Dogs in Yards: Are They Happy?

Even those of us who love dogs don’t love the sound of constant barking. One effective way to get dogs to bark their heads off is to leave them outside in a yard alone. Maybe you have a neighbor who does this, but maybe you even do it yourself, because you think your dog loves being out there. This is a well-meaning misconception that results in a lot of bored dogs at best and exacerbates or causes behavior problems at worst.

What Dogs Do in Yards

The conventional wisdom is that dogs love yards. Many dog lovers dream of moving to a house with a backyard; shelters or rescues sometimes require adopters to have a fenced yard. But a yard can be a mixed blessing if our assumptions aren’t in line with what dogs really need.

“Often people think that if they leave the dog in the yard, they’ll be having a really fun time, they’ll be playing and sniffing and enjoying themselves,” says Zazie Todd, author of Wag: The Science of Making Your Dog Happy. “And there are some dogs that enjoy it, but for many dogs, if they’re outdoors on their own, they’re going to be a bit bored.”

Fear Free Certified trainer Kate LaSala agrees. “There’s this common misconception that dogs just want to hang out outside; that that’s more interesting for a dog than being inside,” she says. “When I teach classes, people will ask ‘Should we set up a place where we can leave the dog outside?'” In reply, LaSala reminds them that dogs need our companionship. “Dogs are very social creatures and they want to be with us. They’re not livestock, they’re not wild animals. They don’t want to be isolated in the backyard.”

You may think the dog is getting exercise in the yard, but if you’re not out there playing with him, probably not. “There’s some research on dogs in yards and it showed that they don’t actually do a huge lot,” says Todd. If anything, the study showed that dogs outdoors seem to move around the house according to where their person is inside, as if trying to stay near.

But when you open the door, your dog runs right out. He must love it, right? Sure – at first.

“Novelty is very interesting to most dogs, so if he’s been inside for six hours, yeah, going outside is going to be really exciting for five minutes,” says LaSala. “But then if he’s out there by himself, there’s no enrichment, no social interaction; then we find dogs who enter into boredom barking. They’re barking to release energy, they’re barking just to pass time, because there’s really nothing to do out there.”

Barking is Normal–Up to a Point

Barking is normal canine behavior. “It’s not reasonable to expect them to never bark. They’re dogs, they’re going to bark from time to time,” says Todd. “But when they’re barking excessively, that’s not good.”

Dogs bark for many reasons, and it’s not always because they are making a joyful noise.

“Many of those reasons are because there is something the dog is not particularly happy about,” says Todd.  “If someone arrives at your house and your dog barks and alerts you to the fact that they’re there, that’s just a normal thing for dogs to do. But if there’s barking for long periods of time, you should be thinking about the underlying reasons. Is it because they’re bored? Is it because they’re frustrated?”

Along with barking out of boredom, barking can also be triggered when a dog sees or hears passersby. This is not only annoying to your neighbors and their dogs, it can also lead to behavior problems.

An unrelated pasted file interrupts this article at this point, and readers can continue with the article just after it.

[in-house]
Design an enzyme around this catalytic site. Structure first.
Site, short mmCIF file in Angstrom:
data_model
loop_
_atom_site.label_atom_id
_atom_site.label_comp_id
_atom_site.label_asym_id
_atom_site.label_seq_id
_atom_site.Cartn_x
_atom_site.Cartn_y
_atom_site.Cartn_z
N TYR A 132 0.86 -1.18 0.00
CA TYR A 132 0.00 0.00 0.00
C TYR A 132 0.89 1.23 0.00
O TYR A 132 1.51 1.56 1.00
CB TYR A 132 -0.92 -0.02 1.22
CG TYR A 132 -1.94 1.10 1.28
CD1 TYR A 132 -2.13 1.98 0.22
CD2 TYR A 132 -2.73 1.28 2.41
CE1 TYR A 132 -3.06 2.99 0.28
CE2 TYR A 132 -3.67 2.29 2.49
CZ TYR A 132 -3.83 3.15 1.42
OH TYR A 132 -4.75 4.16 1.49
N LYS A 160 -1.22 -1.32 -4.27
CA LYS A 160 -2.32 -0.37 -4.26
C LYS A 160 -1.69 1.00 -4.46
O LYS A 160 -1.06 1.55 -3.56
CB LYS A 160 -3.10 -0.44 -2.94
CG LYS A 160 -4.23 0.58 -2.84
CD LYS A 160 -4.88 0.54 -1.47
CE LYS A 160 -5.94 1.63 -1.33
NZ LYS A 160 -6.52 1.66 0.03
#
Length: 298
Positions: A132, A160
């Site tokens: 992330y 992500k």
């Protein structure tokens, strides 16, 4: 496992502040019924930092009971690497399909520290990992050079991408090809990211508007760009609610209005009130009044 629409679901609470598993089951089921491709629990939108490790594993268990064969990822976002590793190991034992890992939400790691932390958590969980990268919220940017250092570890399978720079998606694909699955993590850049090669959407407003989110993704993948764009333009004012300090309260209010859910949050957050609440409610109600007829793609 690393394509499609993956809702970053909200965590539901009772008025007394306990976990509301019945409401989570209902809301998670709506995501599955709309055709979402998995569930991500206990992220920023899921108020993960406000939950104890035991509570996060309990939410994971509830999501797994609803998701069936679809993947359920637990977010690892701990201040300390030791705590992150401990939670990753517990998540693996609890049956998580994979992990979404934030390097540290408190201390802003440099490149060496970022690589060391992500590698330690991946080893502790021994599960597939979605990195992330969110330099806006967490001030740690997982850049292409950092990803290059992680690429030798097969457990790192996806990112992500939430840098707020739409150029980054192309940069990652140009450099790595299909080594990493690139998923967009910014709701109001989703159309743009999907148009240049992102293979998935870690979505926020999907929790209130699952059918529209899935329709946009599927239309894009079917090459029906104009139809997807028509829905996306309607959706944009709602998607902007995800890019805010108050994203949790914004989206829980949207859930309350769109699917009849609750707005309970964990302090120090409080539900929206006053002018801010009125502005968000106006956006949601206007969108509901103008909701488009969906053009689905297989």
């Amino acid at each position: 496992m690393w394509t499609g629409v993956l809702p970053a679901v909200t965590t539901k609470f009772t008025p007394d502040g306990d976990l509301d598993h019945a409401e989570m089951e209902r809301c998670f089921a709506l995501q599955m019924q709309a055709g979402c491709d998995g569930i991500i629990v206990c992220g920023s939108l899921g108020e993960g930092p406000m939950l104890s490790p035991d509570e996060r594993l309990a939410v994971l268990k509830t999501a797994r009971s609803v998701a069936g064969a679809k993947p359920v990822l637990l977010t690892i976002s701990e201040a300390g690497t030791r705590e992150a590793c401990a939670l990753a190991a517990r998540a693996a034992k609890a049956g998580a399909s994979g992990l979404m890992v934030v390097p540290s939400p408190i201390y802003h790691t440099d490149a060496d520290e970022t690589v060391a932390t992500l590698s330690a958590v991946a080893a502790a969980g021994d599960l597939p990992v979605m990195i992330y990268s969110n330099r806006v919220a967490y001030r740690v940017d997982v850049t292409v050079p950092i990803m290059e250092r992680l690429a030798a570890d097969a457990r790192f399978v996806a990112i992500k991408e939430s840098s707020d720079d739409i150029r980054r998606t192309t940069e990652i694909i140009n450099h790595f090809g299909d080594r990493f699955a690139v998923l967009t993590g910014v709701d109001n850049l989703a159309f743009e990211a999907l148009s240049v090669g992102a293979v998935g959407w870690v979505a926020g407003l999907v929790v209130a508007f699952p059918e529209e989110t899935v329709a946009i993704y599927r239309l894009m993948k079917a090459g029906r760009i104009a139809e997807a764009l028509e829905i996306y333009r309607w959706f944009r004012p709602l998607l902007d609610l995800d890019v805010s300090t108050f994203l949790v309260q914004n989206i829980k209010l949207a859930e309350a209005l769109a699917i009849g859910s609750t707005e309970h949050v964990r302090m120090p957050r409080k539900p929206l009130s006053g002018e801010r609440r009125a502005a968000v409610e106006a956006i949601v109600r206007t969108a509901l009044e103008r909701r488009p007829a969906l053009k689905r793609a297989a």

If you have a friendly dog who’s constantly left to bark along the fence, he’s going to be frustrated at not being able to interact with dogs and people passing by. “That can look a whole lot like aggression: lunging, growling, barking,” says LaSala. “Then when they do get access to other dogs, they can be over-enthusiastic and that can tip over into a scuffle.” The owner may then no longer feel safe letting the dog play with other dogs. The result is a dog who is desperate for contact with dogs but is deprived of it.

Dogs also may bark at passersby because they’re anxious about strangers. These dogs are constantly reinforced for barking. “From the dog’s perspective, they barked, and the person went away, so they’re going to do it next time to get the same results,” says Todd.

What To Do Instead

LaSala says some owners put their dog outside as a way of managing behavior issues, but this can escalate the problem. For example, if the dog is overexcited and jumps on people who visit, it’s an easy fix to put him outside when someone comes over. But this amounts to punishing a dog for trying to be sociable, and it makes the problem worse. “Then it becomes this circular thing where when they bring the dog inside, he’s been so deprived of human contact and connection that he’s jumpy and mouthy and very excitable, and then they put the dog back outside because they don’t know how to handle that over-the-top behavior.”

This isn’t kind to your dog, so if you’re putting him outside to manage a behavior problem, contact a appropriate behavior professional or trainer.

Otherwise, the solution is simple: don’t leave your dog outside alone. Or leave him outside only if you can see that he’s relaxed and happy. If he starts barking, he’s not. Go outside and play, go for a walk, or bring him in and give him a food puzzle and let him hang out with you. All of these things are better for dogs, says LaSala. “Just putting them outside is not enrichment all by itself.”

This article was reviewed/edited by board-certified veterinary behaviorist Dr. Kenneth Martin and/or veterinary technician specialist in behavior Debbie Martin, LVT.

Linda Lombardi writes about the animals that share our planet and our homes for magazines including The Bark, websites including National Geographic and Mongabay.com, and for the Associated Press. Her most recent book, co-authored with Deirdre Franklin, is The Pit Bull Life: A Dog Lover’s Companion.